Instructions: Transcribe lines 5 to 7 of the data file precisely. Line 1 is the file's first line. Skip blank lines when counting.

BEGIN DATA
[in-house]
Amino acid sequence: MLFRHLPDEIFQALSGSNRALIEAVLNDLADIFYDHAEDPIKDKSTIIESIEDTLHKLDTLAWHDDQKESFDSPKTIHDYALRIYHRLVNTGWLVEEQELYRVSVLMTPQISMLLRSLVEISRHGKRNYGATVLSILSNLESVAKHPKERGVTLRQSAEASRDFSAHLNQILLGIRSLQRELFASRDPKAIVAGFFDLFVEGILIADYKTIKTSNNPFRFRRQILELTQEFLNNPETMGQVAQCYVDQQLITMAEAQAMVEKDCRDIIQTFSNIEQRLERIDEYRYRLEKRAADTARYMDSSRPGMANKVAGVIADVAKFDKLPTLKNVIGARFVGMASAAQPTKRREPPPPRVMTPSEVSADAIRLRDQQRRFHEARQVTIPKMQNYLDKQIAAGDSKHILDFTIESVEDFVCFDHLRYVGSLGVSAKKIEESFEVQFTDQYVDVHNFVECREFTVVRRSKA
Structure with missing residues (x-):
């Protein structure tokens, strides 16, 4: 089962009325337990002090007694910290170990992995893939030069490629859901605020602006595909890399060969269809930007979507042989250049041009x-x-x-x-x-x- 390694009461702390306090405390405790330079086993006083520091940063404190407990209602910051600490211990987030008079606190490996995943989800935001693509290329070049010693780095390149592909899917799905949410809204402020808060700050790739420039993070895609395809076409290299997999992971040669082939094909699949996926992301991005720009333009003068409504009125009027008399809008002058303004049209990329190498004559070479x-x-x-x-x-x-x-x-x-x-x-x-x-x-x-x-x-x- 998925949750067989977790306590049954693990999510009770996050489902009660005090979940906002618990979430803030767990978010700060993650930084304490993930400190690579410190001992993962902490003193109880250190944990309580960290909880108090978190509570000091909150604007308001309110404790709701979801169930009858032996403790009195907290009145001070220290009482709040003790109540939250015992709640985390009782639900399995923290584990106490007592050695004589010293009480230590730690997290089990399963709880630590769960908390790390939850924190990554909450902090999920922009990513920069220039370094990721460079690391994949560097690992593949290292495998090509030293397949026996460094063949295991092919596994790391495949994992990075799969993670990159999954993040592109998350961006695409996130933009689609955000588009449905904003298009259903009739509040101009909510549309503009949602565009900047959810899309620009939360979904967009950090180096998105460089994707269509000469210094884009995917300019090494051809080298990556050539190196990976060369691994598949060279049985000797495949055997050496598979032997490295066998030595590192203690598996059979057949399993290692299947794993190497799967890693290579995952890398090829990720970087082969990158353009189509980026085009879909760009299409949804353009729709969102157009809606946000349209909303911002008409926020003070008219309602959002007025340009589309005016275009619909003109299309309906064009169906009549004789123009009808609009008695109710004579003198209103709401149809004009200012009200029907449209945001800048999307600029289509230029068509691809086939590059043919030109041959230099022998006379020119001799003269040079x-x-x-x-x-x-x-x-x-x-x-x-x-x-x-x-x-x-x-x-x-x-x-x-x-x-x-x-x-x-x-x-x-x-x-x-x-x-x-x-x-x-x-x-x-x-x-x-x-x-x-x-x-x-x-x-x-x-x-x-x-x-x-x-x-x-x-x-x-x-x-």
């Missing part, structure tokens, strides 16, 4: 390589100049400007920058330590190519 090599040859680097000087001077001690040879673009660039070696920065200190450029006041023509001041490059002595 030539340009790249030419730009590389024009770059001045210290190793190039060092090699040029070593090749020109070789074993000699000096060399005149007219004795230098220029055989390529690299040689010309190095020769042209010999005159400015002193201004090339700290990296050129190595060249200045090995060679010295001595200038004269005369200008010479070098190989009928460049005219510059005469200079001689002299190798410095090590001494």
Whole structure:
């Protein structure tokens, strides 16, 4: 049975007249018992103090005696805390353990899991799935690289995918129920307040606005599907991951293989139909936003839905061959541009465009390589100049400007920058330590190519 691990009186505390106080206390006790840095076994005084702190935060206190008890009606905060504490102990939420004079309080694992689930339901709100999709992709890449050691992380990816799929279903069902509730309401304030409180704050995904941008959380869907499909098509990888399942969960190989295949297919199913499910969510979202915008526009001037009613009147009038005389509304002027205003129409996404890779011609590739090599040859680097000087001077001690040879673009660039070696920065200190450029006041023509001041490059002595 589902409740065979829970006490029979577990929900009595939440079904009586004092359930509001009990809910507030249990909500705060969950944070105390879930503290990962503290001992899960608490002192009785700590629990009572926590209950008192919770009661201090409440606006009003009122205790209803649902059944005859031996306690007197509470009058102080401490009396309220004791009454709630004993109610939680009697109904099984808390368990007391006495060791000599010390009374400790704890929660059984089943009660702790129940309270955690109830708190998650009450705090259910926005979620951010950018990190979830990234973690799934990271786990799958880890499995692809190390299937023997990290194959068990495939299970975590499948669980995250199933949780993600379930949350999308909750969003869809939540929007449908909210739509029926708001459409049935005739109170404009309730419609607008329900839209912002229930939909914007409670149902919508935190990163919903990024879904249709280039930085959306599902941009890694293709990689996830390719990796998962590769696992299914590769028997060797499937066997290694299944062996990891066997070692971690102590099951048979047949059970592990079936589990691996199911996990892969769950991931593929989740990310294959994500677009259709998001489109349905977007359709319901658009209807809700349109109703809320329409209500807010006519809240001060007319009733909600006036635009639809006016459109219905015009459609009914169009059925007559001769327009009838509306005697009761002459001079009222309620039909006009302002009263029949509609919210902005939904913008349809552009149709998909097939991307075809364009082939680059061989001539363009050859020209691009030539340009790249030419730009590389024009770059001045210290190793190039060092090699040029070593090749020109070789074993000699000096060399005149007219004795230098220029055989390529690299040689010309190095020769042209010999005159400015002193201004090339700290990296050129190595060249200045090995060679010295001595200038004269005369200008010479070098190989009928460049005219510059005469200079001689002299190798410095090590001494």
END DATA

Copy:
């Missing part, structure tokens, strides 16, 4: 390589100049400007920058330590190519 090599040859680097000087001077001690040879673009660039070696920065200190450029006041023509001041490059002595 030539340009790249030419730009590389024009770059001045210290190793190039060092090699040029070593090749020109070789074993000699000096060399005149007219004795230098220029055989390529690299040689010309190095020769042209010999005159400015002193201004090339700290990296050129190595060249200045090995060679010295001595200038004269005369200008010479070098190989009928460049005219510059005469200079001689002299190798410095090590001494």
Whole structure:
């Protein structure tokens, strides 16, 4: 049975007249018992103090005696805390353990899991799935690289995918129920307040606005599907991951293989139909936003839905061959541009465009390589100049400007920058330590190519 691990009186505390106080206390006790840095076994005084702190935060206190008890009606905060504490102990939420004079309080694992689930339901709100999709992709890449050691992380990816799929279903069902509730309401304030409180704050995904941008959380869907499909098509990888399942969960190989295949297919199913499910969510979202915008526009001037009613009147009038005389509304002027205003129409996404890779011609590739090599040859680097000087001077001690040879673009660039070696920065200190450029006041023509001041490059002595 589902409740065979829970006490029979577990929900009595939440079904009586004092359930509001009990809910507030249990909500705060969950944070105390879930503290990962503290001992899960608490002192009785700590629990009572926590209950008192919770009661201090409440606006009003009122205790209803649902059944005859031996306690007197509470009058102080401490009396309220004791009454709630004993109610939680009697109904099984808390368990007391006495060791000599010390009374400790704890929660059984089943009660702790129940309270955690109830708190998650009450705090259910926005979620951010950018990190979830990234973690799934990271786990799958880890499995692809190390299937023997990290194959068990495939299970975590499948669980995250199933949780993600379930949350999308909750969003869809939540929007449908909210739509029926708001459409049935005739109170404009309730419609607008329900839209912002229930939909914007409670149902919508935190990163919903990024879904249709280039930085959306599902941009890694293709990689996830390719990796998962590769696992299914590769028997060797499937066997290694299944062996990891066997070692971690102590099951048979047949059970592990079936589990691996199911996990892969769950991931593929989740990310294959994500677009259709998001489109349905977007359709319901658009209807809700349109109703809320329409209500807010006519809240001060007319009733909600006036635009639809006016459109219905015009459609009914169009059925007559001769327009009838509306005697009761002459001079009222309620039909006009302002009263029949509609919210902005939904913008349809552009149709998909097939991307075809364009082939680059061989001539363009050859020209691009030539340009790249030419730009590389024009770059001045210290190793190039060092090699040029070593090749020109070789074993000699000096060399005149007219004795230098220029055989390529690299040689010309190095020769042209010999005159400015002193201004090339700290990296050129190595060249200045090995060679010295001595200038004269005369200008010479070098190989009928460049005219510059005469200079001689002299190798410095090590001494």